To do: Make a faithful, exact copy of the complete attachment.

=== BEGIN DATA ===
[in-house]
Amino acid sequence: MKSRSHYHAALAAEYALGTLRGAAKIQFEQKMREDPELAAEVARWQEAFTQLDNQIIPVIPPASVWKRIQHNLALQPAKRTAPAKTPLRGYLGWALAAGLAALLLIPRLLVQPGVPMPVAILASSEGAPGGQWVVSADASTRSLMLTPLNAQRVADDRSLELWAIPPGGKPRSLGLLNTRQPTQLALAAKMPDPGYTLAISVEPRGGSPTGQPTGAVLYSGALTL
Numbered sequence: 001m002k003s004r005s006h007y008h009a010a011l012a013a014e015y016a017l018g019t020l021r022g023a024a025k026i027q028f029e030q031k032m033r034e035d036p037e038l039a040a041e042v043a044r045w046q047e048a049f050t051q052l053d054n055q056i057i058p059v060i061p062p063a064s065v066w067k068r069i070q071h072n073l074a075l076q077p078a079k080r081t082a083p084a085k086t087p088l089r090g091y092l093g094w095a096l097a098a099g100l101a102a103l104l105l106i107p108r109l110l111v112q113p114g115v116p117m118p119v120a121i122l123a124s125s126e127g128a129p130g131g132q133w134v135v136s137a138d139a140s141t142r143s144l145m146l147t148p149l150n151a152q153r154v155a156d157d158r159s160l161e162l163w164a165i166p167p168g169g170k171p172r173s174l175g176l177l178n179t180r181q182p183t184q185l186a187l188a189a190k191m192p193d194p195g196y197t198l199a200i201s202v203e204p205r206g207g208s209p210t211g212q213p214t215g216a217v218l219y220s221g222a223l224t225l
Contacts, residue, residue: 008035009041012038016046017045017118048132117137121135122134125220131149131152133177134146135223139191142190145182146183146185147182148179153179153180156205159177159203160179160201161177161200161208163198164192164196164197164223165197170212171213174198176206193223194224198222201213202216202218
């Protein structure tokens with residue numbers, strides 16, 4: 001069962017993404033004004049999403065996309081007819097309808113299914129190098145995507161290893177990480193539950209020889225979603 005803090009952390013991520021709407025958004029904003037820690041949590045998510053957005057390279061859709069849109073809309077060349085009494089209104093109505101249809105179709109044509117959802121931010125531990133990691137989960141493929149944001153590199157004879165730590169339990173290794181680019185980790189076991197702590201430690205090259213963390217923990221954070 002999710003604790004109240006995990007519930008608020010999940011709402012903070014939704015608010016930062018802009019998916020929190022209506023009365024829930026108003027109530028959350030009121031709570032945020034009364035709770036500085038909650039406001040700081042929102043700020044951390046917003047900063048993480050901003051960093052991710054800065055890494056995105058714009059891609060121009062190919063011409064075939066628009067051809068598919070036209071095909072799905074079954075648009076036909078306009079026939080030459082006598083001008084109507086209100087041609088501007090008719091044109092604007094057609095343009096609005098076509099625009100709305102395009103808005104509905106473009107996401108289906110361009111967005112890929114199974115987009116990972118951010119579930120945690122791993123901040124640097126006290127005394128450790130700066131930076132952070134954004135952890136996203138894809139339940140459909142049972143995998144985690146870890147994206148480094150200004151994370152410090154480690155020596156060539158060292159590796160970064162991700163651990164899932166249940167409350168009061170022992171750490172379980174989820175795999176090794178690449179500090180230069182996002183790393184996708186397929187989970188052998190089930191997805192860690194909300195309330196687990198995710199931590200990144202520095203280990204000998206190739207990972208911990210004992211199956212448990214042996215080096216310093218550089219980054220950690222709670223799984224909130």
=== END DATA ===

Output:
[in-house]
Amino acid sequence: MKSRSHYHAALAAEYALGTLRGAAKIQFEQKMREDPELAAEVARWQEAFTQLDNQIIPVIPPASVWKRIQHNLALQPAKRTAPAKTPLRGYLGWALAAGLAALLLIPRLLVQPGVPMPVAILASSEGAPGGQWVVSADASTRSLMLTPLNAQRVADDRSLELWAIPPGGKPRSLGLLNTRQPTQLALAAKMPDPGYTLAISVEPRGGSPTGQPTGAVLYSGALTL
Numbered sequence: 001m002k003s004r005s006h007y008h009a010a011l012a013a014e015y016a017l018g019t020l021r022g023a024a025k026i027q028f029e030q031k032m033r034e035d036p037e038l039a040a041e042v043a044r045w046q047e048a049f050t051q052l053d054n055q056i057i058p059v060i061p062p063a064s065v066w067k068r069i070q071h072n073l074a075l076q077p078a079k080r081t082a083p084a085k086t087p088l089r090g091y092l093g094w095a096l097a098a099g100l101a102a103l104l105l106i107p108r109l110l111v112q113p114g115v116p117m118p119v120a121i122l123a124s125s126e127g128a129p130g131g132q133w134v135v136s137a138d139a140s141t142r143s144l145m146l147t148p149l150n151a152q153r154v155a156d157d158r159s160l161e162l163w164a165i166p167p168g169g170k171p172r173s174l175g176l177l178n179t180r181q182p183t184q185l186a187l188a189a190k191m192p193d194p195g196y197t198l199a200i201s202v203e204p205r206g207g208s209p210t211g212q213p214t215g216a217v218l219y220s221g222a223l224t225l
Contacts, residue, residue: 008035009041012038016046017045017118048132117137121135122134125220131149131152133177134146135223139191142190145182146183146185147182148179153179153180156205159177159203160179160201161177161200161208163198164192164196164197164223165197170212171213174198176206193223194224198222201213202216202218
């Protein structure tokens with residue numbers, strides 16, 4: 001069962017993404033004004049999403065996309081007819097309808113299914129190098145995507161290893177990480193539950209020889225979603 005803090009952390013991520021709407025958004029904003037820690041949590045998510053957005057390279061859709069849109073809309077060349085009494089209104093109505101249809105179709109044509117959802121931010125531990133990691137989960141493929149944001153590199157004879165730590169339990173290794181680019185980790189076991197702590201430690205090259213963390217923990221954070 002999710003604790004109240006995990007519930008608020010999940011709402012903070014939704015608010016930062018802009019998916020929190022209506023009365024829930026108003027109530028959350030009121031709570032945020034009364035709770036500085038909650039406001040700081042929102043700020044951390046917003047900063048993480050901003051960093052991710054800065055890494056995105058714009059891609060121009062190919063011409064075939066628009067051809068598919070036209071095909072799905074079954075648009076036909078306009079026939080030459082006598083001008084109507086209100087041609088501007090008719091044109092604007094057609095343009096609005098076509099625009100709305102395009103808005104509905106473009107996401108289906110361009111967005112890929114199974115987009116990972118951010119579930120945690122791993123901040124640097126006290127005394128450790130700066131930076132952070134954004135952890136996203138894809139339940140459909142049972143995998144985690146870890147994206148480094150200004151994370152410090154480690155020596156060539158060292159590796160970064162991700163651990164899932166249940167409350168009061170022992171750490172379980174989820175795999176090794178690449179500090180230069182996002183790393184996708186397929187989970188052998190089930191997805192860690194909300195309330196687990198995710199931590200990144202520095203280990204000998206190739207990972208911990210004992211199956212448990214042996215080096216310093218550089219980054220950690222709670223799984224909130």